How hip-hop took over the mainstream

If you’re planning to watch the Grammy Awards tonight, much of what we’ll see–the nominees, the award-winners and the performances will be mostly of the rap, hip-hop and R&B variety. Not a single rock category will make the telecast, leaving U2’s not-really-live performance on a barge on the Hudson River to represent the genre.

So how did rap take over the mainstream so convincingly? Time takes a look.

When Philadelphia rapper Lil Uzi Vert was 20 years old, he uploaded a few songs to SoundCloud, a free music-sharing platform. The tracks got a couple hundred plays, then a few thousand. Three years later, on the strength of a moody song called “XO Tour Llif3” and a series of streaming-only mixtapes, the rapper, now 23, has racked up over a billion Spotify streams and nabbed a Best New Artist Grammy nomination.

Lil Uzi Vert’s rise is impressive. But this year, he’s just one in a crowd of hip-hop stars who are dominating the mainstream. Nearly half of the songs on Jan. 27’s Billboard Hot 100 chart were rap or incorporate elements of hip-hop. Listening in the genre increased 74% on Spotify in 2017, and Drake, the Weeknd and Kendrick Lamar were three of the platform’s top five most popular artists. This is a marked change from the past 10 years, when artists like Taylor Swift, Katy Perry and Lady Gaga ruled the charts. In fact, “Look What You Made Me Do,” the lead single from Swift’s latest album, Reputation, fell from the No. 1 spot on the singles chart after just three weeks, dethroned by the rapper Cardi B’s viral hit “Bodak Yellow.” That was quickly succeeded by the downbeat rap of Post Malone and 21 Savage, whose single “Rockstar” topped the Hot 100 for eight straight weeks.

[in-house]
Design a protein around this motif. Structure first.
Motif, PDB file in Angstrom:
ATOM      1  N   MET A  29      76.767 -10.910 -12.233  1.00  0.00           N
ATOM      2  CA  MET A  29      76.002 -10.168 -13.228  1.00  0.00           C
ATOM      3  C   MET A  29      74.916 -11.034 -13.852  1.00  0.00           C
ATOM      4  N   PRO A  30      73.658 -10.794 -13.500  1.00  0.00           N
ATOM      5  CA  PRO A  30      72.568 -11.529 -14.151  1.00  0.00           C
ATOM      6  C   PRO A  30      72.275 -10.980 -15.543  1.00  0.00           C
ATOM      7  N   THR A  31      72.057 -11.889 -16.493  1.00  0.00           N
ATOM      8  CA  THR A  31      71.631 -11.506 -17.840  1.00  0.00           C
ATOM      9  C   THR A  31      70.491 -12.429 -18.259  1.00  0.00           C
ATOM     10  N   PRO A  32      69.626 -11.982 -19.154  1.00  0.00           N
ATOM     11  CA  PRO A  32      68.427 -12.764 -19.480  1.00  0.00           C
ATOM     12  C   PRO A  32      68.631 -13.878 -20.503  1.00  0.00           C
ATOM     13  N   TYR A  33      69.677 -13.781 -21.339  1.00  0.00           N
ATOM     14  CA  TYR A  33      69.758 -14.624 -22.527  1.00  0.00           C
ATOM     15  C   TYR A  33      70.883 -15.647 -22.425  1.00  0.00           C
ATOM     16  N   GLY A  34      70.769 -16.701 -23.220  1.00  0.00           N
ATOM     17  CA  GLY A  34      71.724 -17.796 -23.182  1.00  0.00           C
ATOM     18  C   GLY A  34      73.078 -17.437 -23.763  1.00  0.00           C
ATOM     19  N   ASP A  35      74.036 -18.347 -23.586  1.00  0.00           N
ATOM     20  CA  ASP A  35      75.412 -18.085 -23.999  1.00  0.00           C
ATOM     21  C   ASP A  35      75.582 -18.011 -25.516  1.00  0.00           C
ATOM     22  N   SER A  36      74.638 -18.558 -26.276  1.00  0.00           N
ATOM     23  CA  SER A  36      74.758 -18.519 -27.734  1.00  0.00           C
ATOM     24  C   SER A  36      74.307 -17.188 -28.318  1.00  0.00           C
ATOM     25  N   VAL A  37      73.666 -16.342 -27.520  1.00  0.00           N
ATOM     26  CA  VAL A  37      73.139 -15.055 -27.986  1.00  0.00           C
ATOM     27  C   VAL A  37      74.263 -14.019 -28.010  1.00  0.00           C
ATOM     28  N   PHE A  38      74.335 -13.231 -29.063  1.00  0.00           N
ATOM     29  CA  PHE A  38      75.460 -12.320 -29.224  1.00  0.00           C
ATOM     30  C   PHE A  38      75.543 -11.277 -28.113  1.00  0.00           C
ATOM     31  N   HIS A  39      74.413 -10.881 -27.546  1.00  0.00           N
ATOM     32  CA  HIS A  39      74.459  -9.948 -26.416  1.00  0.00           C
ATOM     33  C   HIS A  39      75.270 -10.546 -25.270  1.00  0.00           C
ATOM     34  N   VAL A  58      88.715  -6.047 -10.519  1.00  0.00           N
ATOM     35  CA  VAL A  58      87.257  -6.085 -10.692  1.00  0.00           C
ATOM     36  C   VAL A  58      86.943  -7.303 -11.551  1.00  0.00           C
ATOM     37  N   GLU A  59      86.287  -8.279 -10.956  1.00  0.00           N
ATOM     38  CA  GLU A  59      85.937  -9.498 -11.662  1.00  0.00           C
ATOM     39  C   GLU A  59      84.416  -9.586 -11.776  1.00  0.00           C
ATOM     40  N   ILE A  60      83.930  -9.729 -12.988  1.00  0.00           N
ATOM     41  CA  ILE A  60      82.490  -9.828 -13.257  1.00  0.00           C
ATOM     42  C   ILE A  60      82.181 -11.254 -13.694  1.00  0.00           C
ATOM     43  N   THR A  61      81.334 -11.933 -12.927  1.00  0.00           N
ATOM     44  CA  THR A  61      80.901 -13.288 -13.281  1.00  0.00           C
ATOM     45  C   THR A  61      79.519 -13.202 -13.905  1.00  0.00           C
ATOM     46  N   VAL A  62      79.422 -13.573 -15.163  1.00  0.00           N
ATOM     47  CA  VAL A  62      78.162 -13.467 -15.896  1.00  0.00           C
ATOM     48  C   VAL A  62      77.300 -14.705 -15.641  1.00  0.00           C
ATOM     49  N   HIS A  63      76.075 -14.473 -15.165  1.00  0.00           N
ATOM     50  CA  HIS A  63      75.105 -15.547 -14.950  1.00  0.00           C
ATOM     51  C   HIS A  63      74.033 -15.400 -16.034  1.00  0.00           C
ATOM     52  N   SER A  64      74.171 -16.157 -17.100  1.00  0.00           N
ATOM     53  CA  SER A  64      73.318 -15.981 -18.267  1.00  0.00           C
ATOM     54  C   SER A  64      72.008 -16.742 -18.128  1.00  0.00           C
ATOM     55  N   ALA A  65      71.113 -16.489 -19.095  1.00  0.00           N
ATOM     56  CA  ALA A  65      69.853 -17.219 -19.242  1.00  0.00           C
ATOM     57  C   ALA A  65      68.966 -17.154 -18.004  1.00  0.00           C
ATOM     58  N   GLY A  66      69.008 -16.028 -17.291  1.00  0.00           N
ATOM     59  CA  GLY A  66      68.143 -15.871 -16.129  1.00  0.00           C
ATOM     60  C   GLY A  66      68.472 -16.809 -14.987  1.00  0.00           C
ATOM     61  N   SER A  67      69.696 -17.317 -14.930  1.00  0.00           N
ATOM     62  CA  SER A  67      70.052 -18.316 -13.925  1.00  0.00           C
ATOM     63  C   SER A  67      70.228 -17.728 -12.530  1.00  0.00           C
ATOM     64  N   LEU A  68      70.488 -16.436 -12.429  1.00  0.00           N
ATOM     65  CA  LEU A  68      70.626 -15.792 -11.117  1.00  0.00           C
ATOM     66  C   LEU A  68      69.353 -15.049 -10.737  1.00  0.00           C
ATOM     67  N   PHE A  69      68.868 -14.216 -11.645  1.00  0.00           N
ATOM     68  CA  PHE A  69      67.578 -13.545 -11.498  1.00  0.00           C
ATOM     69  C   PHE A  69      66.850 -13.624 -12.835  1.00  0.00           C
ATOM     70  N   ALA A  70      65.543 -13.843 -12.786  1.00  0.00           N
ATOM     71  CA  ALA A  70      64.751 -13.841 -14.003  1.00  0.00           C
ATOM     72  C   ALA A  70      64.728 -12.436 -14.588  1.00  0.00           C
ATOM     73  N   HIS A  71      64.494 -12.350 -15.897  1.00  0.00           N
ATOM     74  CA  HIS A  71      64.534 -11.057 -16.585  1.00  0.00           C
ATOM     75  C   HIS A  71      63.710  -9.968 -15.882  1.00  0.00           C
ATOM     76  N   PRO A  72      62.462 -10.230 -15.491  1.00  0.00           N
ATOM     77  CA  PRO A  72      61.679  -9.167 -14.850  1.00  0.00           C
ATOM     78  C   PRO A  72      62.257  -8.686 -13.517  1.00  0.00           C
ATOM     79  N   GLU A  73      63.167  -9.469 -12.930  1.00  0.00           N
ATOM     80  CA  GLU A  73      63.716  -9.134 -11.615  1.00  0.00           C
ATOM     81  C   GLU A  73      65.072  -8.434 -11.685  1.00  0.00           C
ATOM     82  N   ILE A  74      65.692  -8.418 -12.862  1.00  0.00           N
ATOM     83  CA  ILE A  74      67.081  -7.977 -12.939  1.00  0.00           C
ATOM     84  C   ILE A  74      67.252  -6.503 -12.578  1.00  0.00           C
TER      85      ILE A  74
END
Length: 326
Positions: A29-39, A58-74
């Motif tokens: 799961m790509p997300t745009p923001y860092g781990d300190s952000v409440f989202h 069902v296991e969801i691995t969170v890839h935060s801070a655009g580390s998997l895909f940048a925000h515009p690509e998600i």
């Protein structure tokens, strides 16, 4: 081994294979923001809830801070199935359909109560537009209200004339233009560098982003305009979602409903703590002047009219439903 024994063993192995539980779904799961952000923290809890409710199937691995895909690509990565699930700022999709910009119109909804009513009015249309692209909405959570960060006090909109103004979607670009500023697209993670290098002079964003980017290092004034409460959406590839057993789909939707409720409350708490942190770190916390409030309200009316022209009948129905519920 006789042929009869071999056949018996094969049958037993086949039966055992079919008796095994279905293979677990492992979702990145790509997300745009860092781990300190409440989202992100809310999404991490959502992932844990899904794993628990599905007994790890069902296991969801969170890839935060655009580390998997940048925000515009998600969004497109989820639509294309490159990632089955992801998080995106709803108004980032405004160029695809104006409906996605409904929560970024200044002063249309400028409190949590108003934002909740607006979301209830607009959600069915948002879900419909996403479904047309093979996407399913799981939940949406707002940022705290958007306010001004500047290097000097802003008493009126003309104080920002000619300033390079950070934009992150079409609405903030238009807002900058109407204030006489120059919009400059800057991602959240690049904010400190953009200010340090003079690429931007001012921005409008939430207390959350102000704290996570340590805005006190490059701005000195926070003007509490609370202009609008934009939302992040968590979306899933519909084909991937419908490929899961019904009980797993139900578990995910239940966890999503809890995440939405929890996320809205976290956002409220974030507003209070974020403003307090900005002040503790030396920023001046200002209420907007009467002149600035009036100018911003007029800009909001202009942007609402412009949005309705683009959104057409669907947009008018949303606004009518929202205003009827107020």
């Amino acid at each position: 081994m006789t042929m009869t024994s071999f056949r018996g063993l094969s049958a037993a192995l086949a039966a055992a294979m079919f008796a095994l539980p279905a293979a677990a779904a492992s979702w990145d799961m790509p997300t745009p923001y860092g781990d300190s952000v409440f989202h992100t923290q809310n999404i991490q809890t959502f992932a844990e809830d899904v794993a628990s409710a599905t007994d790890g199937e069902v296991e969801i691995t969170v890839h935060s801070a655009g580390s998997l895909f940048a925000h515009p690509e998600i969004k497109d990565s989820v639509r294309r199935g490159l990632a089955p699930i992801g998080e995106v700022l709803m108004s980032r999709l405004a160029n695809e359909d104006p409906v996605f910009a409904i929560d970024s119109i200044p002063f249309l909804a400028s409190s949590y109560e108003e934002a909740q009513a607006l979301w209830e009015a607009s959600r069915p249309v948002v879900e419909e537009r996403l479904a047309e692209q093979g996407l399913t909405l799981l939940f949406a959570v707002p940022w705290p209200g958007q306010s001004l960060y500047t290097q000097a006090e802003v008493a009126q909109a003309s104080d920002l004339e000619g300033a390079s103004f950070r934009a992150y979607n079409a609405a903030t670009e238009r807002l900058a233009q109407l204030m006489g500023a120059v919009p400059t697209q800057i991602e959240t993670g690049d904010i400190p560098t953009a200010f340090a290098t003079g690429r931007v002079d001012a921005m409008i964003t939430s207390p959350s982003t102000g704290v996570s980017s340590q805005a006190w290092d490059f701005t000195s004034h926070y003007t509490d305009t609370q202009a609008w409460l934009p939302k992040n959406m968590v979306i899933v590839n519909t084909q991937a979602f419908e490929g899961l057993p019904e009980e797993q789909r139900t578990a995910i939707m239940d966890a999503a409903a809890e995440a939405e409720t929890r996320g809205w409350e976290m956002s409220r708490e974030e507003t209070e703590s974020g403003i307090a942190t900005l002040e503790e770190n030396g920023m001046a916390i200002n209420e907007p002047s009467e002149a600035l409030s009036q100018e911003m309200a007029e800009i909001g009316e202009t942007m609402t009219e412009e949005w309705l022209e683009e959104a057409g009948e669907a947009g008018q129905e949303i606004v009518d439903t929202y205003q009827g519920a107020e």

Alan Cross

is an internationally known broadcaster, interviewer, writer, consultant, blogger and speaker. In his 30+ years in the music business, Alan has interviewed the biggest names in rock, from David Bowie and U2 to Pearl Jam and the Foo Fighters. He’s also known as a musicologist and documentarian through programs like The Ongoing History of New Music.

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